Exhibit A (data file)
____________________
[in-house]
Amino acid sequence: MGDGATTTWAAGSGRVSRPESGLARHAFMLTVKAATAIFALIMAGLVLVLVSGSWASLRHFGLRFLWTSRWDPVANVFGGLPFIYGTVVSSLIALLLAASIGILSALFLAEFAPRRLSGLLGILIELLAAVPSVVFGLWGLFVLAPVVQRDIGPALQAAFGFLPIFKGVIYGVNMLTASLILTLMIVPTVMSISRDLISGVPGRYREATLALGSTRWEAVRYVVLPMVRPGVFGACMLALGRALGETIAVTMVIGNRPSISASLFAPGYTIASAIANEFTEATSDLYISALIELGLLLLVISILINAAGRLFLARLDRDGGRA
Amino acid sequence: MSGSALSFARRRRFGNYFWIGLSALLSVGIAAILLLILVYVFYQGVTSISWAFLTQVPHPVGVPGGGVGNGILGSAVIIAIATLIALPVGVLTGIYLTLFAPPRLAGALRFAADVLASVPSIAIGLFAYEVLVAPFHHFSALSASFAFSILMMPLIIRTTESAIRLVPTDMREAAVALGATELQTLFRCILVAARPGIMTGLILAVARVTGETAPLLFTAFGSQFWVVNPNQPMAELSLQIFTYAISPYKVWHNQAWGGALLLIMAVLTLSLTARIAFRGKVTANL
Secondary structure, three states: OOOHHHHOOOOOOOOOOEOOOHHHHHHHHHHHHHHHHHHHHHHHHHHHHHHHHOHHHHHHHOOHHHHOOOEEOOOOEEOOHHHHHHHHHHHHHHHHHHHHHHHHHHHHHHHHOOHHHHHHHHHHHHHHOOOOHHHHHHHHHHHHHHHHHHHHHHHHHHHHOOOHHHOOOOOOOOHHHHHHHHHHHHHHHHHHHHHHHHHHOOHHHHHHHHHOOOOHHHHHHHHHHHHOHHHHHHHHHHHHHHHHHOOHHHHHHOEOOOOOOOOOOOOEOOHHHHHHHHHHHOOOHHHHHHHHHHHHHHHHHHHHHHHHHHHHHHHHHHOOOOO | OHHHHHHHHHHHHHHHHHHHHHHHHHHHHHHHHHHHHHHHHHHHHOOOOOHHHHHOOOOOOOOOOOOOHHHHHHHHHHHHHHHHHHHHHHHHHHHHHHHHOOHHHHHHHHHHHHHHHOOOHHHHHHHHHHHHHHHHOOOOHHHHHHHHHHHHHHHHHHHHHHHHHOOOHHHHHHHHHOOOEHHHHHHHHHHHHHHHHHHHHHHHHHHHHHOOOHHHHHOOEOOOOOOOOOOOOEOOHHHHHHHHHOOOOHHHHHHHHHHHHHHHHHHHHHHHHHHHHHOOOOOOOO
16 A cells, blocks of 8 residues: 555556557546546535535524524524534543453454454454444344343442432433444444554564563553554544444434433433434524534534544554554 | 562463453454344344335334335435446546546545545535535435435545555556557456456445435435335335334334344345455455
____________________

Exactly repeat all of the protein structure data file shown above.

[in-house]
Amino acid sequence: MGDGATTTWAAGSGRVSRPESGLARHAFMLTVKAATAIFALIMAGLVLVLVSGSWASLRHFGLRFLWTSRWDPVANVFGGLPFIYGTVVSSLIALLLAASIGILSALFLAEFAPRRLSGLLGILIELLAAVPSVVFGLWGLFVLAPVVQRDIGPALQAAFGFLPIFKGVIYGVNMLTASLILTLMIVPTVMSISRDLISGVPGRYREATLALGSTRWEAVRYVVLPMVRPGVFGACMLALGRALGETIAVTMVIGNRPSISASLFAPGYTIASAIANEFTEATSDLYISALIELGLLLLVISILINAAGRLFLARLDRDGGRA
Amino acid sequence: MSGSALSFARRRRFGNYFWIGLSALLSVGIAAILLLILVYVFYQGVTSISWAFLTQVPHPVGVPGGGVGNGILGSAVIIAIATLIALPVGVLTGIYLTLFAPPRLAGALRFAADVLASVPSIAIGLFAYEVLVAPFHHFSALSASFAFSILMMPLIIRTTESAIRLVPTDMREAAVALGATELQTLFRCILVAARPGIMTGLILAVARVTGETAPLLFTAFGSQFWVVNPNQPMAELSLQIFTYAISPYKVWHNQAWGGALLLIMAVLTLSLTARIAFRGKVTANL
Secondary structure, three states: OOOHHHHOOOOOOOOOOEOOOHHHHHHHHHHHHHHHHHHHHHHHHHHHHHHHHOHHHHHHHOOHHHHOOOEEOOOOEEOOHHHHHHHHHHHHHHHHHHHHHHHHHHHHHHHHOOHHHHHHHHHHHHHHOOOOHHHHHHHHHHHHHHHHHHHHHHHHHHHHOOOHHHOOOOOOOOHHHHHHHHHHHHHHHHHHHHHHHHHHOOHHHHHHHHHOOOOHHHHHHHHHHHHOHHHHHHHHHHHHHHHHHOOHHHHHHOEOOOOOOOOOOOOEOOHHHHHHHHHHHOOOHHHHHHHHHHHHHHHHHHHHHHHHHHHHHHHHHHOOOOO | OHHHHHHHHHHHHHHHHHHHHHHHHHHHHHHHHHHHHHHHHHHHHOOOOOHHHHHOOOOOOOOOOOOOHHHHHHHHHHHHHHHHHHHHHHHHHHHHHHHHOOHHHHHHHHHHHHHHHOOOHHHHHHHHHHHHHHHHOOOOHHHHHHHHHHHHHHHHHHHHHHHHHOOOHHHHHHHHHOOOEHHHHHHHHHHHHHHHHHHHHHHHHHHHHHOOOHHHHHOOEOOOOOOOOOOOOEOOHHHHHHHHHOOOOHHHHHHHHHHHHHHHHHHHHHHHHHHHHHOOOOOOOO
16 A cells, blocks of 8 residues: 555556557546546535535524524524534543453454454454444344343442432433444444554564563553554544444434433433434524534534544554554 | 562463453454344344335334335435446546546545545535535435435545555556557456456445435435335335334334344345455455